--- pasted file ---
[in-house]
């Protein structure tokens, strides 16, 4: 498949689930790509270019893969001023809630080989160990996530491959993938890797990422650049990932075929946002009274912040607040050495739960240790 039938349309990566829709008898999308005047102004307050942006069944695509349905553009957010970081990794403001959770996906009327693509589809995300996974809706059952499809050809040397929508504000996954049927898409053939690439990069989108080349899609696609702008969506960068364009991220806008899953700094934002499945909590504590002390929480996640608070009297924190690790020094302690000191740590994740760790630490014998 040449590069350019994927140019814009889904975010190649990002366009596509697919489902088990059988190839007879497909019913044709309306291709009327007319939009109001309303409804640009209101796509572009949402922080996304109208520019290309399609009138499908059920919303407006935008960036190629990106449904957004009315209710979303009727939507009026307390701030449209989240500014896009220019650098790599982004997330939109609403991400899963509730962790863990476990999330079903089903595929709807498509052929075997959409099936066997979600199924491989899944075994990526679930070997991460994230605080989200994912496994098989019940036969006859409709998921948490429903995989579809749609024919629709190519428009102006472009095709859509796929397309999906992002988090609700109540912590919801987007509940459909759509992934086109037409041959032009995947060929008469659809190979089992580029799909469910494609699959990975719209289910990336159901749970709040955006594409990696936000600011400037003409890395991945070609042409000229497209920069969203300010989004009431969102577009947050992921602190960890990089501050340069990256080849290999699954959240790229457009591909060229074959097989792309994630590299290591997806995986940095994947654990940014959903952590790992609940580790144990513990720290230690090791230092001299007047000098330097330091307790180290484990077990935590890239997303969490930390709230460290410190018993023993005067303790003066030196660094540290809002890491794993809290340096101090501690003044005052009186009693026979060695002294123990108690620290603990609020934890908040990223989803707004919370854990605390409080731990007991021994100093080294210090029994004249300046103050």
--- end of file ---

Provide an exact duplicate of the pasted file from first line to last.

[in-house]
């Protein structure tokens, strides 16, 4: 498949689930790509270019893969001023809630080989160990996530491959993938890797990422650049990932075929946002009274912040607040050495739960240790 039938349309990566829709008898999308005047102004307050942006069944695509349905553009957010970081990794403001959770996906009327693509589809995300996974809706059952499809050809040397929508504000996954049927898409053939690439990069989108080349899609696609702008969506960068364009991220806008899953700094934002499945909590504590002390929480996640608070009297924190690790020094302690000191740590994740760790630490014998 040449590069350019994927140019814009889904975010190649990002366009596509697919489902088990059988190839007879497909019913044709309306291709009327007319939009109001309303409804640009209101796509572009949402922080996304109208520019290309399609009138499908059920919303407006935008960036190629990106449904957004009315209710979303009727939507009026307390701030449209989240500014896009220019650098790599982004997330939109609403991400899963509730962790863990476990999330079903089903595929709807498509052929075997959409099936066997979600199924491989899944075994990526679930070997991460994230605080989200994912496994098989019940036969006859409709998921948490429903995989579809749609024919629709190519428009102006472009095709859509796929397309999906992002988090609700109540912590919801987007509940459909759509992934086109037409041959032009995947060929008469659809190979089992580029799909469910494609699959990975719209289910990336159901749970709040955006594409990696936000600011400037003409890395991945070609042409000229497209920069969203300010989004009431969102577009947050992921602190960890990089501050340069990256080849290999699954959240790229457009591909060229074959097989792309994630590299290591997806995986940095994947654990940014959903952590790992609940580790144990513990720290230690090791230092001299007047000098330097330091307790180290484990077990935590890239997303969490930390709230460290410190018993023993005067303790003066030196660094540290809002890491794993809290340096101090501690003044005052009186009693026979060695002294123990108690620290603990609020934890908040990223989803707004919370854990605390409080731990007991021994100093080294210090029994004249300046103050």